Maud Newton is a writer and critic. Ancestor Trouble: A Reckoning and a Reconciliation (Random House, March 29, 2022), her first book, has been praised in a starred Kirkus review as “Exhaustively researched, engagingly presented, and glowing with intelligence and honesty.” And in a preview profile, Publisher’s Weekly describes the book as “a marvel: absorbing, addictive, informative.” Maud has written personal essays, cultural criticism, and fiction. Her essay on “America’s Ancestry Craze,” a seed of the book, was a Harper’s cover story. Both the book and the essay are outgrowths of her old weekend ancestry posts on her blog.

Maud has written personal essays, cultural criticism, and fiction. Beyond Harper’s, her work has appeared in the New York Times MagazineNarrative, the  New York Times Book Review, GrantaBookforum, the Oxford AmericanHumanities, the Los Angeles Times, the Boston Globe, the Paris Review Daily, the New Republic, the AwlLongreadsTin House,  and many other publications and anthologies, including the New York Times BestsellerWhat My Mother Gave Me.

She has discussed ancestry with WNYC, the Dallas Morning NewsKERA’s ThinkSlate/Future TenseWisconsin Public Radio, and PEN. She has also appeared on BookTVTalk of the Nation, and Radio Open Source.Her Family Tree column for Tin House’s Open Bar was a series of brief, wide-ranging interviews with writers on family history.

Maud received the Narrative Prize for “When the Flock Changed,” a work of fiction. Her personal essay, “Conversations You Have at Twenty,” was anthologized in Love is a Four-Letter Word. She was awarded City College’s Irwin and Alice Stark Short Fiction Prize for “Regarding the Insurance Defense Attorney.” Her fiction and essays have been praised by KirkusPublisher’s Weekly, the New Yorker online, Elle, the New York Times, the Paris Review online, and others.

Maud was born in Dallas, grew up in Miami, and graduated from the University of Florida with degrees in English and law. Eventually she moved to Brooklyn, and for the past five years she’s lived on Lenape Land in Queens. She started blogging in May 2002 with the aim of finding others who were passionate about books, culture, and politics, and to establish an informal place to write about her life and family. Within a few years, her site had been praised, criticized, and quoted in the New York Times Book ReviewForbesNew York Magazine, the Washington Post, the London Times, Entertainment WeeklyUSA Today, the New York Times, the The Guardian, the Telegraph, the The Wall Street Journal, the New York Daily NewsPoets & Writers Magazine, the San Francisco Chronicle, the New YorkerBook Magazine, London’s Evening Standard, the The ScotsmanSlate, the Denver Post, and Canada’s National Post.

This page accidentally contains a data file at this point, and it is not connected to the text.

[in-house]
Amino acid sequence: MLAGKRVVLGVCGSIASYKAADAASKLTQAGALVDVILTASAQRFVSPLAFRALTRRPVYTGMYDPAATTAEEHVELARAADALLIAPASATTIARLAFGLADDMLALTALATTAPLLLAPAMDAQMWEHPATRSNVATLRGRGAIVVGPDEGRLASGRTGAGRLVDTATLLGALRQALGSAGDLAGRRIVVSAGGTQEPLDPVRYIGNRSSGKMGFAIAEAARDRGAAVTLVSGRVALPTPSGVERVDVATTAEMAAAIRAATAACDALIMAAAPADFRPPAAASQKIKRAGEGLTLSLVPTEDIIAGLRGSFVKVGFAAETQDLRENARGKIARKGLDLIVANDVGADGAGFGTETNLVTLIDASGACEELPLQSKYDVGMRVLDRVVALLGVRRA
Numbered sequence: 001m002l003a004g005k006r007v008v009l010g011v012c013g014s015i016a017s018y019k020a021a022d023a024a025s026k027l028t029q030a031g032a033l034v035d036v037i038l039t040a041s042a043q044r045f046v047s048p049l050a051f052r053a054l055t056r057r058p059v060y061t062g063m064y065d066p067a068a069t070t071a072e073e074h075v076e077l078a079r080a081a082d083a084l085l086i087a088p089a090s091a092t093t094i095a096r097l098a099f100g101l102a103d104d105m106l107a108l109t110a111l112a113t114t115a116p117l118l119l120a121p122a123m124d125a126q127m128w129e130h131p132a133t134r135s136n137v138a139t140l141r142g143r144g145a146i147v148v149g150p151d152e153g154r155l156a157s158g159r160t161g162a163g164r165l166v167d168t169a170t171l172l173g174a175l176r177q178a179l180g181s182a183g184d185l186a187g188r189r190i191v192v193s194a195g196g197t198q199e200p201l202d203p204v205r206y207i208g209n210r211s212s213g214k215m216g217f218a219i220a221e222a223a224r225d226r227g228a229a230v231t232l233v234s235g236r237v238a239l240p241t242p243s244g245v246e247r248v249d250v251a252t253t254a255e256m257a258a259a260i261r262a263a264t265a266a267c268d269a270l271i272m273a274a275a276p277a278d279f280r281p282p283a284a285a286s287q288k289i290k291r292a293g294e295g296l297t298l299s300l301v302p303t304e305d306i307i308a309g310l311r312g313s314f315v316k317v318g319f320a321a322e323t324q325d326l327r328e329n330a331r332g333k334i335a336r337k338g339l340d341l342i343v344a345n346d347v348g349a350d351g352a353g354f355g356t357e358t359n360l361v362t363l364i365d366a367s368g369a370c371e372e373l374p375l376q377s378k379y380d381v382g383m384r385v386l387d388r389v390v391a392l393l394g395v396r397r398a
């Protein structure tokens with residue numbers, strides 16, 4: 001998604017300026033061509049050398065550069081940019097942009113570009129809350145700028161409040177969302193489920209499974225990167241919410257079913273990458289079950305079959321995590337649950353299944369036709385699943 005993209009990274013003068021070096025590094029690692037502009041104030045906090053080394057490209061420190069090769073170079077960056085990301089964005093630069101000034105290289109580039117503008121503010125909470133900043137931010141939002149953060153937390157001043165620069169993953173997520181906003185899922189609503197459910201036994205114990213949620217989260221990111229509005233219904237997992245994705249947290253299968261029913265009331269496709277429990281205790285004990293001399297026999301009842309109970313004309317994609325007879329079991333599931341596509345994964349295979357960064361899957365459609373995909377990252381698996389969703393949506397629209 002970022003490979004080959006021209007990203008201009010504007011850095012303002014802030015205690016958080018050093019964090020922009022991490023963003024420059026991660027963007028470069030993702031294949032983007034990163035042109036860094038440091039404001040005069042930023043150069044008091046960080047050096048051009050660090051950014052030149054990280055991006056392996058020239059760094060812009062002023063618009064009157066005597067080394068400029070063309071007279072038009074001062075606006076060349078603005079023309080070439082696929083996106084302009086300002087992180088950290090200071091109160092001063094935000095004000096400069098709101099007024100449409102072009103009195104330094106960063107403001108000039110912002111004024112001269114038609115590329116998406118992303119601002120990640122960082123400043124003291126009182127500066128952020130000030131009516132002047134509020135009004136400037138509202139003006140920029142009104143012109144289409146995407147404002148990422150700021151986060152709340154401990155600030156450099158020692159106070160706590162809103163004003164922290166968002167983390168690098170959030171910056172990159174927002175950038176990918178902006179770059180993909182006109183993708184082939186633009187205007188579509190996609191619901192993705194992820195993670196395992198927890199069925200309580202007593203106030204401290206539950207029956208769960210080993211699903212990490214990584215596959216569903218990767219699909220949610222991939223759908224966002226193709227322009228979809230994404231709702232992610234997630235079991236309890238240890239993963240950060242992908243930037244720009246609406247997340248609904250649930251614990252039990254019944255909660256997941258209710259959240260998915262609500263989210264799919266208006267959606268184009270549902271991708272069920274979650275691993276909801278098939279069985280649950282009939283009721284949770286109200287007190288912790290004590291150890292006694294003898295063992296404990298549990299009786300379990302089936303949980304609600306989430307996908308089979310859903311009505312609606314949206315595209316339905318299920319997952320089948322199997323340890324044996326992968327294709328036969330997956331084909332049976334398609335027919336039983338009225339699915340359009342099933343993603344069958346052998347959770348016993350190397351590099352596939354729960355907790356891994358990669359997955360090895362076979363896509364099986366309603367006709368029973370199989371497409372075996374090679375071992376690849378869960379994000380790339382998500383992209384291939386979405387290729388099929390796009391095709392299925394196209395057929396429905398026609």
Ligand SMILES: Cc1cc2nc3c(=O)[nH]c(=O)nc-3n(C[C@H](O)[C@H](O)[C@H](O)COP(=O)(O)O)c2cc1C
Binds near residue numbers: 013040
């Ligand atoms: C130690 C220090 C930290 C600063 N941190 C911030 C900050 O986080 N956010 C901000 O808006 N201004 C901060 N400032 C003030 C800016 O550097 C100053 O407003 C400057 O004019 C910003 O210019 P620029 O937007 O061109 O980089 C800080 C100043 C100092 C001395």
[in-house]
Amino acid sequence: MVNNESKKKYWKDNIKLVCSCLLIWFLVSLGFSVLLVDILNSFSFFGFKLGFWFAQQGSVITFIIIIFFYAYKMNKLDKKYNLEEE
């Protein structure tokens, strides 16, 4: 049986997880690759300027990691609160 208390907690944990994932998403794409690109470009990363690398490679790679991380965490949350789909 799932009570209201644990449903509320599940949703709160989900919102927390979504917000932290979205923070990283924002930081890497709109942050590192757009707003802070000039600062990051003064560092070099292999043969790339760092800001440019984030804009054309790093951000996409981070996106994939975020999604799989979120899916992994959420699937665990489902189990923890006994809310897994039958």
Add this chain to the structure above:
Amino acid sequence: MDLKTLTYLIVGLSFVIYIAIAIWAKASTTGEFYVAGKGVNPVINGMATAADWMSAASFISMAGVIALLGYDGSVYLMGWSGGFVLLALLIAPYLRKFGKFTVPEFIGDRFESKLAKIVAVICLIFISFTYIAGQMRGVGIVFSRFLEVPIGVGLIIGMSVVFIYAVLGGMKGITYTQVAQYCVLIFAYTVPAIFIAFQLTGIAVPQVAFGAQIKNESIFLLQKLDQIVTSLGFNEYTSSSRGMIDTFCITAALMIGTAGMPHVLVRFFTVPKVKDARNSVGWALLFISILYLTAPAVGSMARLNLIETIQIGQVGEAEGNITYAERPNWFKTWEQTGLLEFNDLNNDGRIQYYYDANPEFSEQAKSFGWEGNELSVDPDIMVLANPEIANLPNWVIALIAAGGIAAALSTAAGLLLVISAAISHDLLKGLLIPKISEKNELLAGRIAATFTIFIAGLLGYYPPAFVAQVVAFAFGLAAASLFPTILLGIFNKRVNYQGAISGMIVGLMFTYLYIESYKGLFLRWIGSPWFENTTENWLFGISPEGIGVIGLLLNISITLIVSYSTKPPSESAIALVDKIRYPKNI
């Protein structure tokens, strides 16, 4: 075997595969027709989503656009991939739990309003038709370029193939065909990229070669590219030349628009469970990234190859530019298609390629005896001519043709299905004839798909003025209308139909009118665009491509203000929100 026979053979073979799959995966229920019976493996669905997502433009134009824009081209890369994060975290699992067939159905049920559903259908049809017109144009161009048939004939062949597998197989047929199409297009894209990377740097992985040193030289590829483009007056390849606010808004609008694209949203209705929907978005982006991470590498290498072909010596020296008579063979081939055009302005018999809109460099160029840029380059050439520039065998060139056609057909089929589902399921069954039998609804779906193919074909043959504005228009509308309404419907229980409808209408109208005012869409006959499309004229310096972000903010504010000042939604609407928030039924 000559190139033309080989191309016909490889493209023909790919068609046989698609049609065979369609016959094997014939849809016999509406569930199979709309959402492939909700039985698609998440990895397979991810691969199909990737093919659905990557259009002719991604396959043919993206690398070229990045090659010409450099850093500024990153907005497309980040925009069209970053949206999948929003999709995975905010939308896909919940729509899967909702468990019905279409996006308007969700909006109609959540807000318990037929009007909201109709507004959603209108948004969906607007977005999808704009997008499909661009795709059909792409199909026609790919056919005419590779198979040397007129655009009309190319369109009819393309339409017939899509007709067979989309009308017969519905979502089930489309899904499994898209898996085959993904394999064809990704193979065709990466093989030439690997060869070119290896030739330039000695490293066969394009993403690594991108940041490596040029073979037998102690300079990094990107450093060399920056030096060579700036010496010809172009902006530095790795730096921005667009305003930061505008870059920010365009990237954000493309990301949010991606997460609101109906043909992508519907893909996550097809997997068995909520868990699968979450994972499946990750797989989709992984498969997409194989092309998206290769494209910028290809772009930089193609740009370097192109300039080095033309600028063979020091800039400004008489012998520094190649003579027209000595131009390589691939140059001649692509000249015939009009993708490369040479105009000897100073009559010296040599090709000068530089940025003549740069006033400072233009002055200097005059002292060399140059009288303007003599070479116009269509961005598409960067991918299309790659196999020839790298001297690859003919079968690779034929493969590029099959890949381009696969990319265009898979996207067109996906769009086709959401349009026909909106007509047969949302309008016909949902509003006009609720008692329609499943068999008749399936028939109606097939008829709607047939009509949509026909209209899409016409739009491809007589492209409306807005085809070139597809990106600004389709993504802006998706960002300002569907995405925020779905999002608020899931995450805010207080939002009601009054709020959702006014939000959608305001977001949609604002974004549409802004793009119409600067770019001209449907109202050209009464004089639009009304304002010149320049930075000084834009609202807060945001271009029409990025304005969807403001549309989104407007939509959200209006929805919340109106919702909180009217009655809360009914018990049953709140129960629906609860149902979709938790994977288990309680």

Maud has blogged less frequently in recent years but sends her Ancestor Trouble newsletter every month (or so). You can also follow her on TwitterInstagram, and Medium. She maintains a rarely-updated Facebook page. All opinions shared on this site, and in those venues, are her own.

Her agent is Julie Barer of The Book Group. Maud is a nickname. Maud’s pronouns are she/her.


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